Management Strategies and Medication Use
for Treating Pediatric Patients with Concussions

Kinnaman KA, Mannix RC, Dawn Comstock R, Meehan WP. Acta Paediatr,  2013 Jun 10. [Epub
ahead of print]

Home Message: A vast majority of pediatricians who care for patients with concussions
follow available treatment guidelines, use medications as part of their
treatment plan, use neuropsychological testing, and desire additional training
in the management of sports-related concussion.

Despite an overall increased incidence of sports-related concussion, we know little regarding how
clinicians manage sports-related concussion. 
Recent evidence has shown that some clinicians may have inadequate training and
use outdated concussion grading-scales – and there is even less information on
medication use in concussion management. The sports medicine community in turn,
must fully understand how clinicians are practicing concussion management to promote
safe treatment practices and improve clinician education.  Therefore, Kinnaman et. al surveyed pediatric
primary care providers nationwide to assess management strategies for patients
diagnosed with sports-related concussion, including the use of medications. Two hundred and twenty physician members of American Academy of Pediatrics Sections
on Adolescent Health, Sports Medicine and Fitness, Community Pediatrics and
School Health completed the questionnaire. Among these physicians, 202 (92%) responded
that they treated patients with concussions. 89% of the respondents use
medications to manage symptoms. The most common medications were over-the
counter; such as, acetaminophen (62%), nonsteroidal anti-inflammatory
medications [NSAIDs] (54%) and melatonin (20%). The physicians most commonly prescribed
antidepressants (23%), amantadine
(10%), and methylphenidate (8%). Physicians who saw more than 16 concussion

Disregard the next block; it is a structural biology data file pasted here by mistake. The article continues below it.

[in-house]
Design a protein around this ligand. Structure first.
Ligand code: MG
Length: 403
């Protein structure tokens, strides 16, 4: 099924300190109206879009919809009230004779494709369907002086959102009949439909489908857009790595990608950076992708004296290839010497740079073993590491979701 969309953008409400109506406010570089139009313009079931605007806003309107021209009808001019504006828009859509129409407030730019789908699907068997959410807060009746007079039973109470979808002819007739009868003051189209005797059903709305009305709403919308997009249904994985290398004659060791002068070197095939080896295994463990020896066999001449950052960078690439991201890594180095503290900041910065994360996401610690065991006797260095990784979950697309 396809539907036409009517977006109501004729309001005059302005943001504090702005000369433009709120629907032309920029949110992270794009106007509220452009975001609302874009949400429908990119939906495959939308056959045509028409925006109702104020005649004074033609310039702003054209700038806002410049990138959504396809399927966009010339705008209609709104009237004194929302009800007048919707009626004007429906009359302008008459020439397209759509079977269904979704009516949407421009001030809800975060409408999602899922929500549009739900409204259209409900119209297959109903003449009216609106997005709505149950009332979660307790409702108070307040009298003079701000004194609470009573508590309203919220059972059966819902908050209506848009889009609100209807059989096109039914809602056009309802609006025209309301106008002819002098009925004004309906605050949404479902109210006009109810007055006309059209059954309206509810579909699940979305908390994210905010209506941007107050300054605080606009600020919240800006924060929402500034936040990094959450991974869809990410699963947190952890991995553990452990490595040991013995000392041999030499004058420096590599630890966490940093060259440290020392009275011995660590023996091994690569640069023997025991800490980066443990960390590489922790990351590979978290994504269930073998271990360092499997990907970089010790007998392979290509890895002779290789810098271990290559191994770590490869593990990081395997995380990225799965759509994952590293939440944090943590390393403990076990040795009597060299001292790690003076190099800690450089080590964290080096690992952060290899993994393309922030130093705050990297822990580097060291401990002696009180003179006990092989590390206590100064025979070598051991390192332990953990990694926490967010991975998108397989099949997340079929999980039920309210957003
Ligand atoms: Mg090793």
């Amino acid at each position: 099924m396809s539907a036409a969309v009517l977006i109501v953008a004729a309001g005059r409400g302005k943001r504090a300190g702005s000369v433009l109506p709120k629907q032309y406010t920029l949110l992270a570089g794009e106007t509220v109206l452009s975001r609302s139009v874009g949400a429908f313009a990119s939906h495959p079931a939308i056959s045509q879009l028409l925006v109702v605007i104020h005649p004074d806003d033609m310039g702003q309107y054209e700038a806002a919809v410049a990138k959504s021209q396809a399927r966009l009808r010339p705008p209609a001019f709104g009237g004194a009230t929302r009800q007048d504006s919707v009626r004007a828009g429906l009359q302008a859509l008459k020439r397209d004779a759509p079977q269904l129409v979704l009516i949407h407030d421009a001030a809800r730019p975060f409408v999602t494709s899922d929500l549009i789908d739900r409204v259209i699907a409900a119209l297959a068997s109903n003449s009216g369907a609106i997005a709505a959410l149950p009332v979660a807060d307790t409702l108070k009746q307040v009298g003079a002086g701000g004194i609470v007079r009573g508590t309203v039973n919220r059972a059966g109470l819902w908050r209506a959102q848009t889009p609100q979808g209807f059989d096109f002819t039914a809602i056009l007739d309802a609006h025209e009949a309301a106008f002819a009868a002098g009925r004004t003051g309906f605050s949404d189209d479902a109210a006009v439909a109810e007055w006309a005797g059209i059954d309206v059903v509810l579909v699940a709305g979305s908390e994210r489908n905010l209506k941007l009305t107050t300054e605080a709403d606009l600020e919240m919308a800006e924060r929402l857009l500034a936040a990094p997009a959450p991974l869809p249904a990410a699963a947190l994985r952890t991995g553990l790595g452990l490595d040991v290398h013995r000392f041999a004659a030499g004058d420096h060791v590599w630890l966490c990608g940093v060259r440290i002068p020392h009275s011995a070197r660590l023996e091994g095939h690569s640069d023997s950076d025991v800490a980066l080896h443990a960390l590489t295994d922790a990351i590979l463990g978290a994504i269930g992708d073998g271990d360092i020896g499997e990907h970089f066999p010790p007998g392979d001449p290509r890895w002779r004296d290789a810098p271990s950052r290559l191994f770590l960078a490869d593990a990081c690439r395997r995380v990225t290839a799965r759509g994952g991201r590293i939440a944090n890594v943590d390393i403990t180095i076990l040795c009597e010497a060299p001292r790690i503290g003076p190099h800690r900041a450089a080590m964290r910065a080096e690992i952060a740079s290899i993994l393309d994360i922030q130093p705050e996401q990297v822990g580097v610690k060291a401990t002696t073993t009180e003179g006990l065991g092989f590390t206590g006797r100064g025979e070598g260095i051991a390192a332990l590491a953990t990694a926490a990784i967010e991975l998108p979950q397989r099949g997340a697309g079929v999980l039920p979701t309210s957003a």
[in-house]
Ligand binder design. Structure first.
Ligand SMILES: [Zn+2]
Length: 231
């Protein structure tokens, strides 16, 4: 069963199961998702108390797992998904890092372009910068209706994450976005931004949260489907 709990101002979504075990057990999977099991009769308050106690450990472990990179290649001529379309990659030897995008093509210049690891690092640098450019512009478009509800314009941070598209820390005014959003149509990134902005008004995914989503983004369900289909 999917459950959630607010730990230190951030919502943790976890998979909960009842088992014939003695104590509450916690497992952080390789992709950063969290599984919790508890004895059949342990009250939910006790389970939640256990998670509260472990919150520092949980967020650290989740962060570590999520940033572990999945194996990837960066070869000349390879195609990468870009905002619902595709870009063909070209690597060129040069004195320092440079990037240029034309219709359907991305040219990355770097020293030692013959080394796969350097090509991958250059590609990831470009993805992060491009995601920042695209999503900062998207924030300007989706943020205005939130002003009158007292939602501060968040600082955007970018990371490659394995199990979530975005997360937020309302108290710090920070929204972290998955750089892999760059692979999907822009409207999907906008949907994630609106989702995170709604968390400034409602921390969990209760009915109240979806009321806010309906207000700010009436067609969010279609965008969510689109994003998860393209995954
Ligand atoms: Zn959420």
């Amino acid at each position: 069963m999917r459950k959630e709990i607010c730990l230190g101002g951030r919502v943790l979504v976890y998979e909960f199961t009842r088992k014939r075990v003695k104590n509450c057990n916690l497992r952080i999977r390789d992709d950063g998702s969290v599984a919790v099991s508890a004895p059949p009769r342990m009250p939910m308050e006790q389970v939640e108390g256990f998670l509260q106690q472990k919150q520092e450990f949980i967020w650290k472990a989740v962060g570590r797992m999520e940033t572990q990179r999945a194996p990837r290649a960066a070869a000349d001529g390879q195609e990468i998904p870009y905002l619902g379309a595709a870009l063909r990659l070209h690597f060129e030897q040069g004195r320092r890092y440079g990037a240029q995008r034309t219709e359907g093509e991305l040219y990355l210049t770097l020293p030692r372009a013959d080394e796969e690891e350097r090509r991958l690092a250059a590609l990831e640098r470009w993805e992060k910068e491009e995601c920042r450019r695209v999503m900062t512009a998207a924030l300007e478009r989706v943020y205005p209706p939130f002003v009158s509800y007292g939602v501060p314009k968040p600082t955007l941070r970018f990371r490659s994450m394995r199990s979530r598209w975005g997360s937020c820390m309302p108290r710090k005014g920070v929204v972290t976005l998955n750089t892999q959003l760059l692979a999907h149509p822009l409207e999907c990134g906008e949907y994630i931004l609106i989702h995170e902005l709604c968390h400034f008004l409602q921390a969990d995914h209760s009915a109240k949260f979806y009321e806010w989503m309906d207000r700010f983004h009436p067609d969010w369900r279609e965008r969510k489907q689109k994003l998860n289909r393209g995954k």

patients per year were more likely to use prescription medication but were less
likely to recommend the use of NSAIDs. Very few physicians (5%) allowed their
patients to return to sports while still taking medication for concussion symptoms.
89% of the respondents had access to at neuropsychologist and 68% used
neuropsychological testing – with ImPACT™ as the most commonly used product for
computerized testing (92%).  84% used
published guidelines or criteria to guide their management with the consensus
statement from the 3rd International Conference on Concussion in Sport as the most commonly cited.  Finally, the majority of responding
physicians (81%) reported interest in additional training in concussion
management strategies.

The results of this survey study
show that a vast majority of responding pediatricians who care for patients
with concussions use medications despite the lack of high-quality evidence to support
the use of pharmacological agents in concussion management. Most pediatricians
surveyed also use neuropsychological testing or have access to a
neuropsychologist, which encouragingly reflected the recommended use of
multifaceted diagnostic tools and multi-disciplinary approach to concussion
management. Of note, the results of this study were collected prior to the consensus
statement from the 4th International Conference on Concussion in Sport. However, guidelines were
readily available from the 3rd International
Conference on Concussion in Sport,
which stated that athletes should be
symptom-free and off of “any pharmacologic agents or medications that may mask
or modify the symptoms of concussion” prior to being returned to play. The fact
that 5% of respondent allowed athletes to return to play while still on
medications coupled with the reported desire for additional training reflects a
concerning potential knowledge gap among primary care pediatricians who care
for patients with concussions. Additionally, respondents to the survey were
members of special subgroups of the American Academy of Pediatrics and may not
accurately represent the general primary care pediatrician population.  With the newly available guidelines from the
4th International Conference on Concussion in Sport, additional research is
necessary which should include concussion management providers from multiple specialties.

for Discussion: Do you provide concussion management as part of you sports
medicine practice? Would you like more training in concussion management? Do
you regularly use medications as part of your concussion treatment strategy?

Written by: Stephen Stache, MD
Reviewed by: Jeffrey Driban

Related posts:

Kinnaman KA, Mannix RC, Dawn Comstock R, & Meehan WP 3rd (2013). Management strategies and medication use for treating paediatric patients with concussions. Acta Paediatrica (Oslo, Norway : 1992) PMID: 23750873